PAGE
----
Cinderella issues are stamp-like labels that are not intended to serve as legal postage. They are often used to communicate a message or to aid in the collection of taxes.
Austria (2005, 2006)
Every year there is a large fashion-themed AIDS fundraiser in Austria called Life Ball. In 2004, 2005, and 2006 the Austrian postal service released commemorative stamps for the event. For a reason I cannot fathom, they also released artistic versions of the 2005 and 2006 versions. These are very similar to the original designs, but as the Austrian postal website makes clear, they are not valid for postage.
Bosnia and Herzegovina (Muslim/Sarajevo administration), 2002
There's an interesting story to this stamp. Bosnia and Herzegovina (Muslim administration) released a similar semi-postal stamp with a value of 0.20 KM in 2002. After purchasing that stamp I found this one from a dealer who said the B&H (Croat administration) postal service released it in 2001. I contacted the ever-helpful Konstantin from Serbian Stamps to help identify this stamp. He explained that the Muslim administration of Boznia and Herzegovina has a habit of releasing parallel tax stamps with a higher value in conjunction to their postal tax stamps.
This is a fancy way of saying the above stamp isn't a postage stamp at all! It's actually a tax stamp used for other services, such as train tickets or admission to entertainment events.
As evidence of this, he was kind enough to send me two sheets from the M&M Catalog, a specialized catalog of stamps from the former Yugoslav Republics. On sheet #1, notice the circled stamp is a 0.20 KM value, much like the 2002 stamp I previously mentioned.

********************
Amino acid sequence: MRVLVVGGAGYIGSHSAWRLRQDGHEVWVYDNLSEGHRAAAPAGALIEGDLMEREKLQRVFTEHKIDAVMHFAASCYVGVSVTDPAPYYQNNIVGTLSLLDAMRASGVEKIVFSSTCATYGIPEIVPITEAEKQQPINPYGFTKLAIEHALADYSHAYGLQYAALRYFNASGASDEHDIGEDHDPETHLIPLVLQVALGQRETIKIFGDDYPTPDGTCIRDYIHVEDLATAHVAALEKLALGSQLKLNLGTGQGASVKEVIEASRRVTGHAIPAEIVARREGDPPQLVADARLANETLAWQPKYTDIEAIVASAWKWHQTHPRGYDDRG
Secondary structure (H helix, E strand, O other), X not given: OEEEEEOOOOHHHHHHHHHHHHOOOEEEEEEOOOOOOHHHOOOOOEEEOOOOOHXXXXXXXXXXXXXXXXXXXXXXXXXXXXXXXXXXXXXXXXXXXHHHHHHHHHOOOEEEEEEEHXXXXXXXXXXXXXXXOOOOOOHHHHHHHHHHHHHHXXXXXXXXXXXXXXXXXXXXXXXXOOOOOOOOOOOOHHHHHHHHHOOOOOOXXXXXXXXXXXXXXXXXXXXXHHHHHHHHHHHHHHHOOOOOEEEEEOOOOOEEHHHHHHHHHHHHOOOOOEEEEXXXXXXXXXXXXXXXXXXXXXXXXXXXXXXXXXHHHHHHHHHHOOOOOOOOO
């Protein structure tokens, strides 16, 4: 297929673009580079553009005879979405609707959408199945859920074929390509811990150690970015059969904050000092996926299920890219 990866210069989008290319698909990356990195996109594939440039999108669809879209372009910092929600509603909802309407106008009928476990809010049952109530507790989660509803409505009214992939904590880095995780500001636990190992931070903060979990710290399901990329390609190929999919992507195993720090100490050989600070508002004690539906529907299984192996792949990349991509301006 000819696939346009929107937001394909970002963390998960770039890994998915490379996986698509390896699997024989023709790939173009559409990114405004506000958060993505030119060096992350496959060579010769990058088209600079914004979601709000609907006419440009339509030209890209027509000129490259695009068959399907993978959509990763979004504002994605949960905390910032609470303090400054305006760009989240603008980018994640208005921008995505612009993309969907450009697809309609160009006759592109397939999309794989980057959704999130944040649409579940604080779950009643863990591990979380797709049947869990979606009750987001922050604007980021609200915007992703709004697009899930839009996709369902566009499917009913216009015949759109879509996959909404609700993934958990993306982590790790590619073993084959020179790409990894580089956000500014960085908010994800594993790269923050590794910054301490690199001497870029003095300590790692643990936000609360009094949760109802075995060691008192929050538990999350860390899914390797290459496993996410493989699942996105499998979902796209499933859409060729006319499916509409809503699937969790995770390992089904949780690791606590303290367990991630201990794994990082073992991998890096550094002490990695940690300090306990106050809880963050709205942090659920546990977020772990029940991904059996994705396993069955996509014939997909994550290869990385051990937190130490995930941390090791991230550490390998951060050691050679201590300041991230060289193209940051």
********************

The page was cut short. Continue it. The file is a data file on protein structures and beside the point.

Now look at sheet #2. You'll see a circle around the same stamp in a 0.50 KM value. According to Google translate, the accompanying text reads, "Most items charity stamps had a parallel release of labels, which were used for collecting the contributions of issued tickets and tickets for various events. They are often different from the charity stamps only denominations, which is always higher than those in the marks for the post."
You'll also note on the second sheet has the 2002 version of the above stamp in the top-left.
Lest this matter be so simple, I found a canceled version of this stamp.
This leads to an interesting question. Was the M&M Catalog incorect? Or did someone mistakenly place this on an envelope and the post office dutifully canceled it?
When the Scott Catalog remaked on this stamp, their suggested that it was a valid stamp for charity purposes. They might have been simplifying the matter though.
My instinct is to trust the philatelists behind the M&M Catalog and rule this a cinderella stamp, but it would be nice if I could find an official explanation of what the 50KM stamp was actually used for. We may never know for sure.
Bosnia and Herzegovina (Serb/Banja Luka administration) / Republic of Srpska, ?
I found this block of cinderellas on eBay. I am still researching them, but Konstantin from Serbian Stamps tells me that they are from the Republic of Srpska (better known in the US as the "Bosnian Serb Republic").
I was initially surprised that they were written in Latin characters as official stamps from the Republic of Srpska use Cyrillic characters, but Konstantin assured me that both character systems are indeed used there. I am currently investigating this set and will add to this entry when I have more to report.
France, July 12, 1995
I found this stamp for sale on eBay as being an "unissued private project". An AIDS on Stamp reader in France noted that the stamp is unlike anything the French postal service released in 1995, and is missing most of the markings that all stamps of the time featured. Who made these and what were they for? And if they were just for artistic purposes, why did someone bother to stamp a date on the back? We may never know.